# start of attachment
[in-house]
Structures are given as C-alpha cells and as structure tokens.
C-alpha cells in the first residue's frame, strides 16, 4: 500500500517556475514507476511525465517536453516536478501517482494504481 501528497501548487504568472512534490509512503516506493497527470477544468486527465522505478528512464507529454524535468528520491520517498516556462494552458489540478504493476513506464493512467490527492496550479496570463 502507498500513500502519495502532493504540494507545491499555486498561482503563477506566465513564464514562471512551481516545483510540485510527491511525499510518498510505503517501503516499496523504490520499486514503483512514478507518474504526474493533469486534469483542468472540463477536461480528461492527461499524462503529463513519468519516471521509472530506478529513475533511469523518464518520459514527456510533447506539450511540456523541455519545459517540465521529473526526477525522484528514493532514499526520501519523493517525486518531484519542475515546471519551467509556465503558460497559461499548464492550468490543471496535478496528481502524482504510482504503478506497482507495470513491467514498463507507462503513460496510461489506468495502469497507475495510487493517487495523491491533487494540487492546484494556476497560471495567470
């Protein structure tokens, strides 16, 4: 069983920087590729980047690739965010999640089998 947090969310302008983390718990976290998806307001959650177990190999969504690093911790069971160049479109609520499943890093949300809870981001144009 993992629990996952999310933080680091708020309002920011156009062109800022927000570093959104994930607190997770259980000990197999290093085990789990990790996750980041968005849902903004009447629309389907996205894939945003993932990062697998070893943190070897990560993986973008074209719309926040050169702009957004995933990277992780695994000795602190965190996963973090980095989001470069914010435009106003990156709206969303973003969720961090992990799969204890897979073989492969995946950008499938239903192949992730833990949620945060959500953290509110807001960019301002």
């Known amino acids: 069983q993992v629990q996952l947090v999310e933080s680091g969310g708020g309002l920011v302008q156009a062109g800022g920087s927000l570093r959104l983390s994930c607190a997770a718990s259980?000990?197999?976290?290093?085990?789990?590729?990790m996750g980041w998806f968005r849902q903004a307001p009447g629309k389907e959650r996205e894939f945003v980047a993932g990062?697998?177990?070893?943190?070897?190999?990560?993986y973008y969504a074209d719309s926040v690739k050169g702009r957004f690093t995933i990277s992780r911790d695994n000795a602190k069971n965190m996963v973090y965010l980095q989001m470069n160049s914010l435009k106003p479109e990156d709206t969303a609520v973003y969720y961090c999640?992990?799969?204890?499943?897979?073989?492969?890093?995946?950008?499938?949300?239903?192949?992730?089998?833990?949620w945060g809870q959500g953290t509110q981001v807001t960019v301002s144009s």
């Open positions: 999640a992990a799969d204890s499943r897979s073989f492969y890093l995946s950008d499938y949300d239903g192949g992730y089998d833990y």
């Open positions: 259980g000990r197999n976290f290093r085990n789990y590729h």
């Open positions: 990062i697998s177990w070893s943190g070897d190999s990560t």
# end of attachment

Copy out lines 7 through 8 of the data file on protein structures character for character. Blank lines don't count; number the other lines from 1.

């Open positions: 259980g000990r197999n976290f290093r085990n789990y590729h």
């Open positions: 990062i697998s177990w070893s943190g070897d190999s990560t």